by Kathy Keary, Kearney, Missouri Companion
A couple of years ago, I attended Peace Circle training in Chicago facilitated by Fr. Dave Kelly and Fr. Bill Nordenbrock. I was looking forward to Fr. Dave’s presentation at the Assembly because I find his work both fascinating and inspiring. My reflection is in response to Fr. Bill’s invitation to bring Fr. Dave’s message to our own context.
Fr. Dave grabbed my attention early on when he discussed how most of our lives are spent in the tension between brokenness and the hope that is our faith—the joy of the Resurrection. Within this tension, we witness to the possibilities that Resurrection offers; however, we are not in denial in regard to the reality of life. It’s tough. There are crosses to bear. Ministers of reconciliation are all about the “muddled mess.”
It was encouraging to hear Fr. Dave say the most important gift he offers is faithfully showing up, often clueless to what will unfold or the words that will flow from his mouth—words only God knows needs to be heard. I am drawn like a magnet to ministries serving people marginalized by life circumstances. For the past several years, I ministered with those challenged by severe and persistent mental illness. Any hardship I have encountered significantly pales in the face of the hurdles and struggles mentally ill people cope with on a daily basis. I am an ambassador of hope; placing God’s message of love, peace, and compassion into the “muddled mess” every day. By faithfully showing up, my presence offers a space for them to talk about God and to remember once again He is with them. I have no degrees in psychology; I am simply responding to God’s call with the Spirit and the Word of God. It’s a privilege to accompany those I serve—to be a part of and a witness to their courageous story. I am just getting my feet wet in prison ministry, but it is clear God is asking me to create space for inmates to be touched by Christ bringing hope.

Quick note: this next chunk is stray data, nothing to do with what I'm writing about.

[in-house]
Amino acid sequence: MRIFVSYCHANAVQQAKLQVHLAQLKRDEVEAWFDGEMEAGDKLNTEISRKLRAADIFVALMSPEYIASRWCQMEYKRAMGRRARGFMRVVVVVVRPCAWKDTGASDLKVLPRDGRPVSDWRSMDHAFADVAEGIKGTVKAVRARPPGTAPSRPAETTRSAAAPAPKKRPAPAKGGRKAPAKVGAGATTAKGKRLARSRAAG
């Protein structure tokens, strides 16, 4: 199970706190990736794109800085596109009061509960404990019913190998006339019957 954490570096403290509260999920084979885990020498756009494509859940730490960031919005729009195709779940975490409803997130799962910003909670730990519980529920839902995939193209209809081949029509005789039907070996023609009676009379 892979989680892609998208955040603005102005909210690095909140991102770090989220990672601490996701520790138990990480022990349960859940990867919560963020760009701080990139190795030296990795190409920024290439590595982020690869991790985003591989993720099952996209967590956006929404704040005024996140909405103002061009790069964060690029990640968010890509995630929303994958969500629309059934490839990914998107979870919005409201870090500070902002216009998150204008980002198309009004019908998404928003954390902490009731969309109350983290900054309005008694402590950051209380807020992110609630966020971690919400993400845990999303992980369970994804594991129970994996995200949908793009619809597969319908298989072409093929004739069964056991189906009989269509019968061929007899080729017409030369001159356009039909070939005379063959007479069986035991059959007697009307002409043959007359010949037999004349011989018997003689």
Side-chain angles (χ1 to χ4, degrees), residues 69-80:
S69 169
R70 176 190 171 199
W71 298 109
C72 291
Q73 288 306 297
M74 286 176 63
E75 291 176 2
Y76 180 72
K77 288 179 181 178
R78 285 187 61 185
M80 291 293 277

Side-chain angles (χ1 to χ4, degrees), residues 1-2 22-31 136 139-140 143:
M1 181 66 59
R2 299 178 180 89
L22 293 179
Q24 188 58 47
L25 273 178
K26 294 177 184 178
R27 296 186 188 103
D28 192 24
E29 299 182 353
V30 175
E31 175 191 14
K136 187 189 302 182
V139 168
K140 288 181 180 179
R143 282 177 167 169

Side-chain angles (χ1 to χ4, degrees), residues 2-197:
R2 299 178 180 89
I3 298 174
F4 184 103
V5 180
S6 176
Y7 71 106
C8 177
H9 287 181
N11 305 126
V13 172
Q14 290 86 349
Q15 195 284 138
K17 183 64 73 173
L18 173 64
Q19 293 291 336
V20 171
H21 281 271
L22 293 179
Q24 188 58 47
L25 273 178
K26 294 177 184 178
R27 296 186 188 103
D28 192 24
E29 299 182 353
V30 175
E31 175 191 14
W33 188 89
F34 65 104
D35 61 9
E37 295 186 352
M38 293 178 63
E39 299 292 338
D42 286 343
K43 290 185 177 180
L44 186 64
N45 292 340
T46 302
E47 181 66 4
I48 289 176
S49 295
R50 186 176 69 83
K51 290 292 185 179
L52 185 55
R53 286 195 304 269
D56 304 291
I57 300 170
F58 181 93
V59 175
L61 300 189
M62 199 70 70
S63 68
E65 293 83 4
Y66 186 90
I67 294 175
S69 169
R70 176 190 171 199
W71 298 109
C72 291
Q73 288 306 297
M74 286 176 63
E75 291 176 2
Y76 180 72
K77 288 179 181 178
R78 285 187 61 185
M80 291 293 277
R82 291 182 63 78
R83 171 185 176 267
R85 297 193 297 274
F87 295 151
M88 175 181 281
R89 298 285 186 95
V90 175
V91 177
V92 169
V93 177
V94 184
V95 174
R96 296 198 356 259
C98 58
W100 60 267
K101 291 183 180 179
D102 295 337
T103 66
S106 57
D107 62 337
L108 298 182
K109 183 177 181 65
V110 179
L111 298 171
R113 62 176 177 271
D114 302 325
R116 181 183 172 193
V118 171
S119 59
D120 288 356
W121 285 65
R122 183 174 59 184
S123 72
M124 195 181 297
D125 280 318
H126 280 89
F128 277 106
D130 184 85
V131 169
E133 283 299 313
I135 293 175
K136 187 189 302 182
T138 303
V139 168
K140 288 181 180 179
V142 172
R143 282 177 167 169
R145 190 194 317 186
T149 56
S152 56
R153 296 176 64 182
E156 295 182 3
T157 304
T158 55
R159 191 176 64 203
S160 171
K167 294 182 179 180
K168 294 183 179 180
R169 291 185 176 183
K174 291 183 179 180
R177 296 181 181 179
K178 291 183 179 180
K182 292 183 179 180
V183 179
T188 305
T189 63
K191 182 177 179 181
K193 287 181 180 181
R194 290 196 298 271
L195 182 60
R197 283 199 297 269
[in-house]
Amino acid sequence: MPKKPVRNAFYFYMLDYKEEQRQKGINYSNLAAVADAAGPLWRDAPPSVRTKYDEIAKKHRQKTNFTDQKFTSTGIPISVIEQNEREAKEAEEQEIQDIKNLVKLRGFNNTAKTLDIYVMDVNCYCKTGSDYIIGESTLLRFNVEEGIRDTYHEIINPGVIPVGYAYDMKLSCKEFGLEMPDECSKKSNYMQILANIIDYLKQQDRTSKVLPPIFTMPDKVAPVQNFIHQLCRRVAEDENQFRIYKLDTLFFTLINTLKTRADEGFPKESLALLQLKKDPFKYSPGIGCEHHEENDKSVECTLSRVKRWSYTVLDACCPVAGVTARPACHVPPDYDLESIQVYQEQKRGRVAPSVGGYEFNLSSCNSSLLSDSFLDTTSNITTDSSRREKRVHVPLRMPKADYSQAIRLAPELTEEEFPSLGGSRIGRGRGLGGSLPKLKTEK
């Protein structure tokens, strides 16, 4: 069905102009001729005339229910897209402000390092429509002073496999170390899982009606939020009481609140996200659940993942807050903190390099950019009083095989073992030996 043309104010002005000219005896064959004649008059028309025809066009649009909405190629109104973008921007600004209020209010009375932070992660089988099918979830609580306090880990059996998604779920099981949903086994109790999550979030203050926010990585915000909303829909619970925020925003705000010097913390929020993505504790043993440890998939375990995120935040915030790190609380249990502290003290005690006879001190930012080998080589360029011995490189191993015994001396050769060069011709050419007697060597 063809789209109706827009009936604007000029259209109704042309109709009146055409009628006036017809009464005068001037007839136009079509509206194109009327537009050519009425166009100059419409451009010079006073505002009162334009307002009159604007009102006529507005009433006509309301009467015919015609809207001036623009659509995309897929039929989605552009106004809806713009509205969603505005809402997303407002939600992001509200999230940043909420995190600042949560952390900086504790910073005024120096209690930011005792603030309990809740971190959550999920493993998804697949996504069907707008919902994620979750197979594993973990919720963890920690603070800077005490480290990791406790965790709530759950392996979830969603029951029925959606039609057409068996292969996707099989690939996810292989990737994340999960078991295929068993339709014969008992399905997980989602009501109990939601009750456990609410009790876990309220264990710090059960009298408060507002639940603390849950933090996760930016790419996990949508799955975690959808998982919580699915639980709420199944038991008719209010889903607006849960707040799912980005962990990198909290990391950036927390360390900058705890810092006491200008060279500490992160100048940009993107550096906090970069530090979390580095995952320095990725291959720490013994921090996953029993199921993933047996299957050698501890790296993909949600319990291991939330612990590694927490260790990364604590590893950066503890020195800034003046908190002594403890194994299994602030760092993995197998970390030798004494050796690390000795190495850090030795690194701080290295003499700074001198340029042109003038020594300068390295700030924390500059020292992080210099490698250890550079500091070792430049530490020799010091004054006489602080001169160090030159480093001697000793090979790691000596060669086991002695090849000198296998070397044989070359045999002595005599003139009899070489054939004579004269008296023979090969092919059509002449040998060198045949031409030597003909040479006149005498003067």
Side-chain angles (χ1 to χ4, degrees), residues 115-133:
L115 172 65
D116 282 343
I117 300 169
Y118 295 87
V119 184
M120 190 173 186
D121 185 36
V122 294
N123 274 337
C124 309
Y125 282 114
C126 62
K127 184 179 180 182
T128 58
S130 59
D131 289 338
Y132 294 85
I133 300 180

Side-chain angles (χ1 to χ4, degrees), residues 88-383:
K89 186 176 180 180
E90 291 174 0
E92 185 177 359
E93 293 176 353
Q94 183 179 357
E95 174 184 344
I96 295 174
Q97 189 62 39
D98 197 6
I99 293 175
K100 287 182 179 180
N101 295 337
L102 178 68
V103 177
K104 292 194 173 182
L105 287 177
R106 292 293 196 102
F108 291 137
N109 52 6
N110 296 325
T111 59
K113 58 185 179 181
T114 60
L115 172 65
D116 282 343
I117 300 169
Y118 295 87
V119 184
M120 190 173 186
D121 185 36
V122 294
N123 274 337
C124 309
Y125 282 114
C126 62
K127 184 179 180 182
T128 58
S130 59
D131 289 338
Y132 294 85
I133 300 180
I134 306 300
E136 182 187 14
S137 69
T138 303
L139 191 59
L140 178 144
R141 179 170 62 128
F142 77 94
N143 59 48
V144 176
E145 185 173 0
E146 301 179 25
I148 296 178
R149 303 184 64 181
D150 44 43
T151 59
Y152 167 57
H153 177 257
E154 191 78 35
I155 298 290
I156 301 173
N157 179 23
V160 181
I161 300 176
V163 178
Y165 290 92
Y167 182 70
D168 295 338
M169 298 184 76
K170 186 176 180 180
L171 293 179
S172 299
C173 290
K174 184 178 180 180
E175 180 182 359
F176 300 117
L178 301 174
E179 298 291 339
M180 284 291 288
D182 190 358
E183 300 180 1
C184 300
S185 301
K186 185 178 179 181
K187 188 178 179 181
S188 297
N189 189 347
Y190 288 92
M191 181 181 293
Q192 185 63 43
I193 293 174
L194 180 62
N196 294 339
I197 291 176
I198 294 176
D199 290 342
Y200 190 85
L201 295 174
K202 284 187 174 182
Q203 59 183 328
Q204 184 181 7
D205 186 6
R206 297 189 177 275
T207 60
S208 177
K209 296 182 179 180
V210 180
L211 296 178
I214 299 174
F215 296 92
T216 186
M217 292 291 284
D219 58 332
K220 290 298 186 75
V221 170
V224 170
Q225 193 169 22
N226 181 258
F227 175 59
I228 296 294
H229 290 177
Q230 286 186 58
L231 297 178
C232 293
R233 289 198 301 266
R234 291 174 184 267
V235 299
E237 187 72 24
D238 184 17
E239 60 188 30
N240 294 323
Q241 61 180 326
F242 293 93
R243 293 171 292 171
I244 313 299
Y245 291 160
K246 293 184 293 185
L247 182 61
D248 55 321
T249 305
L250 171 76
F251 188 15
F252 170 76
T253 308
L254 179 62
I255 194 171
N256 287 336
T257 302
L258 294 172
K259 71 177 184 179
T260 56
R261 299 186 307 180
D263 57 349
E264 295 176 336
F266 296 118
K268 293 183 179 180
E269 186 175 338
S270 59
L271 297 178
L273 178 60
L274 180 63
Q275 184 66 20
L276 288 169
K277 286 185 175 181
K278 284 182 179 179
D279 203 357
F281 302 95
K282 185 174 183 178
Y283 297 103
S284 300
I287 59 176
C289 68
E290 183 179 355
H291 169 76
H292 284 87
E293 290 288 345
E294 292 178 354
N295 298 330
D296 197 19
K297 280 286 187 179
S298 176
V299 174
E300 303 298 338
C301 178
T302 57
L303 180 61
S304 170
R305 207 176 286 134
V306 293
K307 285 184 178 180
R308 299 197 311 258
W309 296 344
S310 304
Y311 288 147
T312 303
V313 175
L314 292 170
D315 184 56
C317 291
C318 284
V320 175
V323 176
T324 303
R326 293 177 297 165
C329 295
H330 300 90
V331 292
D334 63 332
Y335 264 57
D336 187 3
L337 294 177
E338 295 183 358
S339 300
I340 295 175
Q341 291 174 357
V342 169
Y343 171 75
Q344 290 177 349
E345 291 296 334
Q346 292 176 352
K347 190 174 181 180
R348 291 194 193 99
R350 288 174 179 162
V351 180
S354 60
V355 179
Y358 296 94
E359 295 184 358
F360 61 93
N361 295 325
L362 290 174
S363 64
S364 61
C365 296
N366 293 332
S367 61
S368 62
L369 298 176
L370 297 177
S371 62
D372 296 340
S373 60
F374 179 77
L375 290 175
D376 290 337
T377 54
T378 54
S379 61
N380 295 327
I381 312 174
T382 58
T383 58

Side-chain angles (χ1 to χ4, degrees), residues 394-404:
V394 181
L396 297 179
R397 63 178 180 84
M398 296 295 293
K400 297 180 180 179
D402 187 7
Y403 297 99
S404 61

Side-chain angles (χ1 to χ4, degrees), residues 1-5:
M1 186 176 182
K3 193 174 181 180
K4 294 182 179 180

The story of the Samaritan Woman at the Well (John 4:1-42) is about the ministry of presence. The passage opens with Jesus resting at the well, tired from his journey. Despite his fatigue, he focuses his total attention on the Samaritan woman when she arrives. An amazing transformation follows. At the Samaritans’ request, Jesus stays a couple more days. The lives He touched were changed as they came to believe He was truly the savior of the world. Because of His presence, they were able to shift from a worldly philosophy to one centered in Christ. Let us also be bearers of hope, beacons of reconciliation by faithfully showing up to the ministry God is calling us to, extending the gift of our presence to those longing for a sacred encounter.